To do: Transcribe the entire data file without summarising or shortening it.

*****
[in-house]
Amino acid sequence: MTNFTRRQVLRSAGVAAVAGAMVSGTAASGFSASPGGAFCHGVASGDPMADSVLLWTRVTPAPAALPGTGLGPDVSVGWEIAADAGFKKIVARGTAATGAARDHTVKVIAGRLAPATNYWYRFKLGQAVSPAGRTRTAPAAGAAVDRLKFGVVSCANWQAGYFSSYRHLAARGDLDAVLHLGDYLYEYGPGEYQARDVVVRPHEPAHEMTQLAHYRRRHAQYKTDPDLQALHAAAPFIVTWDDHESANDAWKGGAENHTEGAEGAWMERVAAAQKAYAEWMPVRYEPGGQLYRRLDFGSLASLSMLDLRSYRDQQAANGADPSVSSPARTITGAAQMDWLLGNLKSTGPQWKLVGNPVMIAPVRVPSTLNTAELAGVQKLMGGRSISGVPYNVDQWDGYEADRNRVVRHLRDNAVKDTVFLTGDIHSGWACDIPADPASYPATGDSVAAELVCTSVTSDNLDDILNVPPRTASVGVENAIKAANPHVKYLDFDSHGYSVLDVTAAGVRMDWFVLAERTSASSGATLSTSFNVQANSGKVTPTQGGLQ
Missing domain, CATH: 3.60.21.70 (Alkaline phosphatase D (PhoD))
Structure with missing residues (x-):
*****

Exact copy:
[in-house]
Amino acid sequence: MTNFTRRQVLRSAGVAAVAGAMVSGTAASGFSASPGGAFCHGVASGDPMADSVLLWTRVTPAPAALPGTGLGPDVSVGWEIAADAGFKKIVARGTAATGAARDHTVKVIAGRLAPATNYWYRFKLGQAVSPAGRTRTAPAAGAAVDRLKFGVVSCANWQAGYFSSYRHLAARGDLDAVLHLGDYLYEYGPGEYQARDVVVRPHEPAHEMTQLAHYRRRHAQYKTDPDLQALHAAAPFIVTWDDHESANDAWKGGAENHTEGAEGAWMERVAAAQKAYAEWMPVRYEPGGQLYRRLDFGSLASLSMLDLRSYRDQQAANGADPSVSSPARTITGAAQMDWLLGNLKSTGPQWKLVGNPVMIAPVRVPSTLNTAELAGVQKLMGGRSISGVPYNVDQWDGYEADRNRVVRHLRDNAVKDTVFLTGDIHSGWACDIPADPASYPATGDSVAAELVCTSVTSDNLDDILNVPPRTASVGVENAIKAANPHVKYLDFDSHGYSVLDVTAAGVRMDWFVLAERTSASSGATLSTSFNVQANSGKVTPTQGGLQ
Missing domain, CATH: 3.60.21.70 (Alkaline phosphatase D (PhoD))
Structure with missing residues (x-):